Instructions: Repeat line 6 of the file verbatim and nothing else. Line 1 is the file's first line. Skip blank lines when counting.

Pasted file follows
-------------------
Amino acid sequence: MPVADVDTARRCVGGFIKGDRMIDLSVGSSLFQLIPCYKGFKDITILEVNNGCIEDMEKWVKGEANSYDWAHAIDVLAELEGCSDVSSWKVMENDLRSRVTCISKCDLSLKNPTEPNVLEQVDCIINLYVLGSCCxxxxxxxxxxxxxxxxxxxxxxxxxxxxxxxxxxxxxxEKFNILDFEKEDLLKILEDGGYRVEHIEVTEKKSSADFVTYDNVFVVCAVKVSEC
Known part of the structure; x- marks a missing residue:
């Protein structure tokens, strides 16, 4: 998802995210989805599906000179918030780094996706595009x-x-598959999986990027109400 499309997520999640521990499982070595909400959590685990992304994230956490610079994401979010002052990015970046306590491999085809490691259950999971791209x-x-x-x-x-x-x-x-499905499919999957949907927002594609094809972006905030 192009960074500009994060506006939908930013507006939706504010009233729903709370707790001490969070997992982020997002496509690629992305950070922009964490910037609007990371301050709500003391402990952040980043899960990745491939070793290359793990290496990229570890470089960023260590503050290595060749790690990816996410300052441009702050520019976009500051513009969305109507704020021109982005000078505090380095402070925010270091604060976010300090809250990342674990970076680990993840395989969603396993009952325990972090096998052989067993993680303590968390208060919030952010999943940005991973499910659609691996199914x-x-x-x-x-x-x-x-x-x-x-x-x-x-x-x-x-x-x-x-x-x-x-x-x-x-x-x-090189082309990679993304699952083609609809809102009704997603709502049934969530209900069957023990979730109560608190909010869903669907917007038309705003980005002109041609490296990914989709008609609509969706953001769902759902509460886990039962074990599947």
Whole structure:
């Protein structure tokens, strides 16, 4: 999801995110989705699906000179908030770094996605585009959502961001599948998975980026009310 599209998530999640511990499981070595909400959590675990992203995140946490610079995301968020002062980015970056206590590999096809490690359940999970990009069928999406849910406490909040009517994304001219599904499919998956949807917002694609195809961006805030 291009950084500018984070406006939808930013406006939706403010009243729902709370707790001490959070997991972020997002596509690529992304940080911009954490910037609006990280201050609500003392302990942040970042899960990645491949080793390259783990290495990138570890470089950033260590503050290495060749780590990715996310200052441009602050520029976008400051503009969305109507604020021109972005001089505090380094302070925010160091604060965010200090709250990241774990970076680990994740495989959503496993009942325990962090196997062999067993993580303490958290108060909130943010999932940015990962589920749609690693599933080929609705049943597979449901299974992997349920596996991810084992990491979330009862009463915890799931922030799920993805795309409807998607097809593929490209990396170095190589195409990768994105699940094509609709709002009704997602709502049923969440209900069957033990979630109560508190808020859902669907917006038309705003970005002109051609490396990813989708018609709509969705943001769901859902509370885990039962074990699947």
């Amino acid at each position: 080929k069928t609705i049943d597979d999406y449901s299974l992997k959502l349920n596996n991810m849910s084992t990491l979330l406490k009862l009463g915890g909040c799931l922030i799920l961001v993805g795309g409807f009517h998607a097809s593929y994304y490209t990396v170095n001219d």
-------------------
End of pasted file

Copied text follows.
């Amino acid at each position: 080929k069928t609705i049943d597979d999406y449901s299974l992997k959502l349920n596996n991810m849910s084992t990491l979330l406490k009862l009463g915890g909040c799931l922030i799920l961001v993805g795309g409807f009517h998607a097809s593929y994304y490209t990396v170095n001219d």